Loch Ness and Dornoch, Scotland

You can’t go to Scotland and not go to Loch Ness.  At least that is what we thought when we booked our Insight Tour.  Our tour headed there from our hotel in Inverness.  Loch Ness is mostly famous for its monster, Nessie.  Although some people have devoted their lives to searching for Nessie, it is mostly a good tourist attraction.  I’m sure someone on Loch Mar or Loch Gary wishes they had come up with the monster angle.

The Loch Ness tour boat

We arrived early in the morning and climbed aboard our tour boat.  The boat was part of the Jacobite company and was called Maverick.  The 29 people on our tour were the only ones on the boat, which meant there was plenty of room to move around.  Tom and I headed for the open, top deck.  It was lovely while the sun was shining and we were in the canal.

In the canal

Once we moved into Loch Ness, however, the weather changed.  Weather changes frequently in Scotland.  The wind picked up and the sun disappeared behind the clouds.  We could see a rainstorm coming at us up the Loch.  As long as we stood in the shelter of the pilot house, we were warm enough.  If we moved away away from the pilot house the wind was strong enough to knock us down.

On Loch Ness

Tom looked a lot harder for Nessie than I did.  I enjoyed the scenery and the narration of the guide.  He pointed out points of interest as we passed them.  The boat turned around after 30 minutes.  We could see the rain coming toward us.  When we got back to the shore, Nigel and Dougie took us to a tourist shop we we could buy Nessie souvenirs.  There was also a Nessie cutout, so Tom and I posed for a picture.

Soon enough we were back on the bus.  We stopped in Dornoch, a small market town, for lunch.  Dornoch has about 1,500 people, but it has a Cathedral in the middle of town and is considered a seaside resort.  Tom and I got a meat pie from a bakery and a cookie from the chocolate shop.  We ate quickly so we had plenty of time to walk around the town.

Dornoch Cathedral

The Dornoch Cathedral is the centerpiece of the town.  The church was built in 1224 to honor St. Gilbert.  The church was built by his brother, William de Moravia.  It is a parish church of the Church of Scotland, which means it is Presbyterian.  Although the church is smallish, compared to some of the churches we have seen, it still had plenty of history.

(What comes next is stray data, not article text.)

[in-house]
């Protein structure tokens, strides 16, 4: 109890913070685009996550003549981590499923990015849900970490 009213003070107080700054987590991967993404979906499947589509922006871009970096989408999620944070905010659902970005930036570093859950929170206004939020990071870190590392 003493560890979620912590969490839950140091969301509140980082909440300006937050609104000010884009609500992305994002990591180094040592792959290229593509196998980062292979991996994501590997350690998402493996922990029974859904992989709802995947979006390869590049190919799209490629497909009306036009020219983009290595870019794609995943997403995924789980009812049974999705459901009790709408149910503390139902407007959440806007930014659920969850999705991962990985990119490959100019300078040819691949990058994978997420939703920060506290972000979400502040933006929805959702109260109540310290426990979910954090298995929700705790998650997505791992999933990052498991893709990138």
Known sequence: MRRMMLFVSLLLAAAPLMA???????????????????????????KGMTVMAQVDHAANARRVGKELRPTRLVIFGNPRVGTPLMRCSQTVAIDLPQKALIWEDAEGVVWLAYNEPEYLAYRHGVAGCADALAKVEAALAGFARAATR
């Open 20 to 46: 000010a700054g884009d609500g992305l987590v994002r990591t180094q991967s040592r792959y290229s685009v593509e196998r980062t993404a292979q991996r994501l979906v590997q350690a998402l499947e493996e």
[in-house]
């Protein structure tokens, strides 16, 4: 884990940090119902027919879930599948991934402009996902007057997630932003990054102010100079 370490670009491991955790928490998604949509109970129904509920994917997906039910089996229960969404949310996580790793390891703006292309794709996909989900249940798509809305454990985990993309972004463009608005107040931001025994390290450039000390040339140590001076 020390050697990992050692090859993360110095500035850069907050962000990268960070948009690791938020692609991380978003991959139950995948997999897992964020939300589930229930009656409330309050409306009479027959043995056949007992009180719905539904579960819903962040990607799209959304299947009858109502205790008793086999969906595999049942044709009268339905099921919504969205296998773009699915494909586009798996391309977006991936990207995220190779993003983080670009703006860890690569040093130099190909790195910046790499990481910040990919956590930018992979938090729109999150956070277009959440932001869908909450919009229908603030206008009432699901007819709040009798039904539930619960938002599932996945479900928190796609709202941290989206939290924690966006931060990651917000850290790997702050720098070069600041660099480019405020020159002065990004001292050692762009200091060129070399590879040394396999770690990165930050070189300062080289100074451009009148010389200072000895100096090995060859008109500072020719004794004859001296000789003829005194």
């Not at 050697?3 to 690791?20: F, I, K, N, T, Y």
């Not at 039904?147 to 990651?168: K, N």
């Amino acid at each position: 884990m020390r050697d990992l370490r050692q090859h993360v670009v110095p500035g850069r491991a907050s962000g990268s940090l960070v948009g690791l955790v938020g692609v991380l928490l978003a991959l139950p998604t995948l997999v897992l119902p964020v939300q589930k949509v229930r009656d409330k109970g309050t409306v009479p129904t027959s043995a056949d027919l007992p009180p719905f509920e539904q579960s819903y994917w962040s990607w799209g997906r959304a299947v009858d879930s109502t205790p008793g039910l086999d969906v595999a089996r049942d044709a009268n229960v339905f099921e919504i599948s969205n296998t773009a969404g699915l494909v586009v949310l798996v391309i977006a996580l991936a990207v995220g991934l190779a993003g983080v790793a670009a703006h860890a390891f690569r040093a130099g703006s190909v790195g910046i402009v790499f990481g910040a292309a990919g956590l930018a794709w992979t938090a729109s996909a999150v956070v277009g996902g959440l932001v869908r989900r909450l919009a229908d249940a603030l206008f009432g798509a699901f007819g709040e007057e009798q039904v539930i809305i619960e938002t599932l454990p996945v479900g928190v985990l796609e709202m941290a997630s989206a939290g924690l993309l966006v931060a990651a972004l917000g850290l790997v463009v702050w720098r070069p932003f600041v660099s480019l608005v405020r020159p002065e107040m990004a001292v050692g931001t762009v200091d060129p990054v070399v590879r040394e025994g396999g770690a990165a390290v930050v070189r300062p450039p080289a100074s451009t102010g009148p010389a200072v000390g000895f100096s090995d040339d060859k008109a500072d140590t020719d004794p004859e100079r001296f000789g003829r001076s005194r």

Inside the cathedral

There were two volunteers inside and I talked to them for a bit.  I thanked to them for having the church open for us to see.  I also asked them about parish life in a small town.  They said that church attendance had gone down.  But they said their parish had recently doubled in size.  Five of the neighboring churches had closed and now all the members of those churches were members of the Dornoch church.

Donate here

One of the things I have really appreciated about all the churches we visited was how easy they made it to donate.  They all had a money box of some kind.  In addition, they had a pay station where you could tap the screen on the amount you wanted to donate, and then tap your card. Simple.  We aren’t carrying much cash with us, so it was nice to be able to donate without using up our supply of pounds or euros.

Tom and I had time to walk around the entire town and see all of the historic sites.  Then we climbed back on the bus and headed for Old Pulteney Whisky Distillery.  The Old Pulteney Distillery is coming up on its 200th anniversary in 2026.  Tom and I do not drink whisky, so we refrained from trying the whisky or the alternative stroma.  But we were interested to learn how it was made.  We were especially impressed by the curing warehouse full of barrels of whisky.  Most of the barrels came from Jack Daniels distilleries and are being reused.  

Whisky casks in the warehouse

Later that day, our tour group had dinner together at the hotel in Inverness.  Then most of us went to the Auld Smiddy Inn for a Caelidh.  The Auld Smiddy was a blacksmith’s shop from 1843 until 1970. After the death of the last blacksmith, it was turned into a pub but still has a lot of items from the smiths decorating the inn.  It also had a peat fire going on the chilly evening.  

Peat fire

Caelidh means gathering, and it is a celebration of Gaelic or Celtic heritage.  The one we attended was led by a man named Raymond who told us stories and led us in songs. He was very entertaining.  His job was made more challenging by a member of our group who had a little too much to drink.  Linda had a smart response to every comment by Raymond.  At first it was funny, but as the evening went on, she got more outrageous.  I would have liked to hear more Raymond and less Linda. 

Raymond in the center and Linda on the right

One part of the Caelidh that I really enjoyed was two young pipers who came and played for our group.  They played wonderful Scottish tunes and then talked about playing bagpipes.  The brother and sister, 16 and 14 years old, are proud to carry on their heritage, even though it is considered uncool by their friends at school.

The Caelidh lasted until 10 pm, and we were treated to a beautiful double rainbow toward the end.  It was a fitting ending to a full and busy day.